Another important part of what made me who I am is connected to a different form of responsibility. I was abused as a child by a member of my family. This is not the essay for the long explanation required by that short sentence. The key element here is that people who are abused view themselves as being responsible. Of course, in the eyes of the law or society’s morals, you are not responsible, but your view of yourself doesn’t follow laws or morals. As a child, you see yourself as being responsible. It was being responsible that made me believe I was wrong. It was being responsible that made me feel hatred towards myself. As an adult, I am dealing with the repercussions of those beliefs and those feelings.

They are still part of who I am. I react defensively to people getting physically close to me. I react with disgust at what I see in the mirror. There is always a low, background noise of anger and resentment. I am learning to filter out that noise and beginning to feel differently about myself but being responsible back then led me to being who I am now.


There are always positive and negative aspects to responsibility. Being responsible is the same as being reliable. To be a responsible person means people can rely on you to do what is right. Being responsible is also the same as being accountable. To be a responsible person means that when something goes wrong, you can be held to account. You can be blamed. You can allow everyone else to walk away comfortably knowing that they do not need to deal with righting the wrong. There is someone responsible for that.

That is another description of who I am. However, it isn’t actually who I am. If anything, it is who I was or what I did. In fact, what I am learning and what I am beginning to feel is that it isn’t who I was. I wasn’t responsible. It isn’t what I did. It is what someone else did to me. Being responsible is how I reacted to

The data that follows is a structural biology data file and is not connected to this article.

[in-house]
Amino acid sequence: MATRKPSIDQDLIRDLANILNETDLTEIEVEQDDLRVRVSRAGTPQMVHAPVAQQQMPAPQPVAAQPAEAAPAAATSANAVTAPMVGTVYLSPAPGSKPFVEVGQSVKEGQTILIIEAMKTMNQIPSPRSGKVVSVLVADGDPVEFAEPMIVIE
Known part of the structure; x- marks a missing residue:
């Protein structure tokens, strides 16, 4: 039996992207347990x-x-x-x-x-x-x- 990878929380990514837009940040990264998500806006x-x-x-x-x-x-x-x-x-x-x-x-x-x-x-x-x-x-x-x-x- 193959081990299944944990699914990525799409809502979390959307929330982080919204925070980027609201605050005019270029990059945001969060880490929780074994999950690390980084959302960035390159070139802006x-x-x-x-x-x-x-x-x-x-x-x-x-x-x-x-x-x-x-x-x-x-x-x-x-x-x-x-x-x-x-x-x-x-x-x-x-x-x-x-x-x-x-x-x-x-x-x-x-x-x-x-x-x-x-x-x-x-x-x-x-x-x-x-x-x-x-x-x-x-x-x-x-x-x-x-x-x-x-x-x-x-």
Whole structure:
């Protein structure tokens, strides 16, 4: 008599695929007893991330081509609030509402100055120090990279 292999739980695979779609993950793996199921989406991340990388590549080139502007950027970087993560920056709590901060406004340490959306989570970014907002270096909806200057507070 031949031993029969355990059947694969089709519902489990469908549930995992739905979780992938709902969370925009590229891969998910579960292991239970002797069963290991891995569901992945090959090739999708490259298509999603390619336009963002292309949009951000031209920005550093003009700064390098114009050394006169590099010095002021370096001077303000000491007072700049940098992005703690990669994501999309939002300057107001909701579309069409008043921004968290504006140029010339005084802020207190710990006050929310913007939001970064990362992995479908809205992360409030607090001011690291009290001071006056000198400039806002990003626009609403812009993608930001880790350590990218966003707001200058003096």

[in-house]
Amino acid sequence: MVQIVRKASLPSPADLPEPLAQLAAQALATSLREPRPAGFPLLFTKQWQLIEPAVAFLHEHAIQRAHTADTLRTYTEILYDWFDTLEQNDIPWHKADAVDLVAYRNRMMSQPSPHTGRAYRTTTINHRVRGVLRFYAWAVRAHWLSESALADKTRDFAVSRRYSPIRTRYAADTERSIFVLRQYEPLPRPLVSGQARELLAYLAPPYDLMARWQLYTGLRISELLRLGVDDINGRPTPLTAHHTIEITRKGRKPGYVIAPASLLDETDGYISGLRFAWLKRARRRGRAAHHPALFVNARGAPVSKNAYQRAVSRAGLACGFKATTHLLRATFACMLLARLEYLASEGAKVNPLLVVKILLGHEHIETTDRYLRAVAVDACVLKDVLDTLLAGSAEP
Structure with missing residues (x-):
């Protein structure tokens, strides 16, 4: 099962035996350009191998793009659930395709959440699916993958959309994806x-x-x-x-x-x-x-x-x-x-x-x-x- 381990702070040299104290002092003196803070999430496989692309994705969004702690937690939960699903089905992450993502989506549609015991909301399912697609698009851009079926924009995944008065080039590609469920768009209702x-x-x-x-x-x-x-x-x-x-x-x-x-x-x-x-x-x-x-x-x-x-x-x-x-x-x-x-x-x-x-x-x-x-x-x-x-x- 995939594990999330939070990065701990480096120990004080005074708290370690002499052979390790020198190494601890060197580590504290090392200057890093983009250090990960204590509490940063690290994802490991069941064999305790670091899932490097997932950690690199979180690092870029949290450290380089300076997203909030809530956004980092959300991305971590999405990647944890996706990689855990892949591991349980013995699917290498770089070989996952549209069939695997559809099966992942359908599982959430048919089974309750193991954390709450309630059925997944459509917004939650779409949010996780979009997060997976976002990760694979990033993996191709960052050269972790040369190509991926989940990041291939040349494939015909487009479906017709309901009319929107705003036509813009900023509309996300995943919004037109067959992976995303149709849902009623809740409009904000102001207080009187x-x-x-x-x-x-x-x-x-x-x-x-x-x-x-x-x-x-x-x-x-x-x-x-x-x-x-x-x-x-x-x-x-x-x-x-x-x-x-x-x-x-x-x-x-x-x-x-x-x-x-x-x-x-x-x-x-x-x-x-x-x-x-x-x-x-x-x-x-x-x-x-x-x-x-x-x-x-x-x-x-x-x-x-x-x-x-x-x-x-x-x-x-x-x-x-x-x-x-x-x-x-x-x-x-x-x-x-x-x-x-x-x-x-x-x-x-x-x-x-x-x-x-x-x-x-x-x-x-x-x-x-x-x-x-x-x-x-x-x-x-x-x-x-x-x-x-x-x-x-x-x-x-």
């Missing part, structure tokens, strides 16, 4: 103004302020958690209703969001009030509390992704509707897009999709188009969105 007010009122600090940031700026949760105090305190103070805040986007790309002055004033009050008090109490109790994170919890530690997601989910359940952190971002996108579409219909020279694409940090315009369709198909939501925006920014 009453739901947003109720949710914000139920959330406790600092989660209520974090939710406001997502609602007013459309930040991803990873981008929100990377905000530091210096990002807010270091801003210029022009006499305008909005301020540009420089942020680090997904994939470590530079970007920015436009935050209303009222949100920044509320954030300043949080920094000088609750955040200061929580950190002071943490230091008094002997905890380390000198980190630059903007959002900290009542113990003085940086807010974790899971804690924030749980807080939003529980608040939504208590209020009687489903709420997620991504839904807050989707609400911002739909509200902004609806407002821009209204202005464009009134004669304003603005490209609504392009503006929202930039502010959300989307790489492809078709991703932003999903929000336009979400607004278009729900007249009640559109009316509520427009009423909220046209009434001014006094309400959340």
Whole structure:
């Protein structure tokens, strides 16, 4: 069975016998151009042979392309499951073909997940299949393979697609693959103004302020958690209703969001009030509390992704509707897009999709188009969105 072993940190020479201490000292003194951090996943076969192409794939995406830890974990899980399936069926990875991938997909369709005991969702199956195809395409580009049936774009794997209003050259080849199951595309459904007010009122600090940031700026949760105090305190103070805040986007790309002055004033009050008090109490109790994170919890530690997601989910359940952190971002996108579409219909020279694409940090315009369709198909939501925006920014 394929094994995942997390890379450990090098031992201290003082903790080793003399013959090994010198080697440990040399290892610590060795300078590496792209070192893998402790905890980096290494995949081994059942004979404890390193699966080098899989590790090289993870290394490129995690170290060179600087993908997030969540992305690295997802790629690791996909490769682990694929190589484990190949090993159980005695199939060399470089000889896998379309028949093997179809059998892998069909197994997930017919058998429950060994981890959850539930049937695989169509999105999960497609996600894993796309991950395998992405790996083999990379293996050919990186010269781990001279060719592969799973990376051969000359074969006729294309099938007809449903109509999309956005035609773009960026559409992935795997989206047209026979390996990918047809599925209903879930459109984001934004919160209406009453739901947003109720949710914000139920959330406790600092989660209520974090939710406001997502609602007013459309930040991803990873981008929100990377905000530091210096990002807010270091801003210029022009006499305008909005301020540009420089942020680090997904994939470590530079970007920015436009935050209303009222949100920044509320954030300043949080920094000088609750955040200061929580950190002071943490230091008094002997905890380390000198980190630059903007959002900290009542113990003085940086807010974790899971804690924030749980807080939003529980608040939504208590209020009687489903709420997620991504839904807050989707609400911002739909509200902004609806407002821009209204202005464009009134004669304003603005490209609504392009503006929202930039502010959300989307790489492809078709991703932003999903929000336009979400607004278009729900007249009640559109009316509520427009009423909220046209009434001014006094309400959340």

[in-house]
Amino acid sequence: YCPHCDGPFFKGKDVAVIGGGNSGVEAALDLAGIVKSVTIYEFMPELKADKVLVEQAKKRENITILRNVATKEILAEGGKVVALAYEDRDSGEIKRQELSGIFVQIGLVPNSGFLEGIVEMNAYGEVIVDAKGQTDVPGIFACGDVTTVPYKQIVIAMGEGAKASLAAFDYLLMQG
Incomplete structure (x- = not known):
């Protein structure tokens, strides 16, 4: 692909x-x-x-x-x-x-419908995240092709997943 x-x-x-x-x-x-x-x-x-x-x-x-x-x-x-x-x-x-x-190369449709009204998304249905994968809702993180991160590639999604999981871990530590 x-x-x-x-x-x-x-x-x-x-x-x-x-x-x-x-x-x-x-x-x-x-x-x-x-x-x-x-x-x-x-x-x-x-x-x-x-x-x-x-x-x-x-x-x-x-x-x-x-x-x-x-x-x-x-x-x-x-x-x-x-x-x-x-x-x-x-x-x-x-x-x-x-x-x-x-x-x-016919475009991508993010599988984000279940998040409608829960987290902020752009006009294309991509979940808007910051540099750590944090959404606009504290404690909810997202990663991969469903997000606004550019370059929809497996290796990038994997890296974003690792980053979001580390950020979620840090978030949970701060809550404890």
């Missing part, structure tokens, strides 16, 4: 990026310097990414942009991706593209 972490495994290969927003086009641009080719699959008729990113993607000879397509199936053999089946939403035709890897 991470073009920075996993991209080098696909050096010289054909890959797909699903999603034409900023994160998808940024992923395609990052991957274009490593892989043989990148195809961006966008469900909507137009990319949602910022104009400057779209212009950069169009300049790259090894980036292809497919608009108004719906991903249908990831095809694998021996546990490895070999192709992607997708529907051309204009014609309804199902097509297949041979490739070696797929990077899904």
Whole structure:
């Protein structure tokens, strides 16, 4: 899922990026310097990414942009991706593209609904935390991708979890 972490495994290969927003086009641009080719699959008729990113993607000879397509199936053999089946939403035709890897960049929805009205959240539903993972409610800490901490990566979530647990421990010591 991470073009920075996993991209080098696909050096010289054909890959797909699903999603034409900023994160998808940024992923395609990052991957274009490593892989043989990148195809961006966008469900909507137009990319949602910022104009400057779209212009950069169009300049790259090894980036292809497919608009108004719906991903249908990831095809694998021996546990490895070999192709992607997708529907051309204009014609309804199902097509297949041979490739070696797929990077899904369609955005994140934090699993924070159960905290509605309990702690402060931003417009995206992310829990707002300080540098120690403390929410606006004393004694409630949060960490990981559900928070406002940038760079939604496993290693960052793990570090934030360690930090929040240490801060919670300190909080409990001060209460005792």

How I will be responsible

It is true that I have become who I am now because of my reaction to what someone did to me. It is also true that I often became a manager because I can react quickly. However, reacting is not the same as responding. As part of me exploring how being responsible is at the root of who I am, I am also exploring the root of the word “responsible”. It might seem obvious that it comes from the Latin word “respondere”, which means “to respond”. It may be less obvious that there is an important difference between a response and a reaction. Reacting is automatic. It is quick and instinctive. It bypasses thought. Responding is slower. It involves considering the situation and using reason, empathy, and compassion to act appropriately and helpfully.


It is my responsibility to distinguish between those thoughts which are reactions driven by my old feelings and the thoughts that are actually in response to the situation I am in. I am responsible for knowing when I am reacting and for slowing myself down long enough so I can respond. I know how I reacted to my past and how reacting has been part of who I am. I know I will be a better husband, father, and manager if I learn to respond with empathy and compassion. I can also confidently know that I will do the work required for me to learn all of this. After all, I am responsible.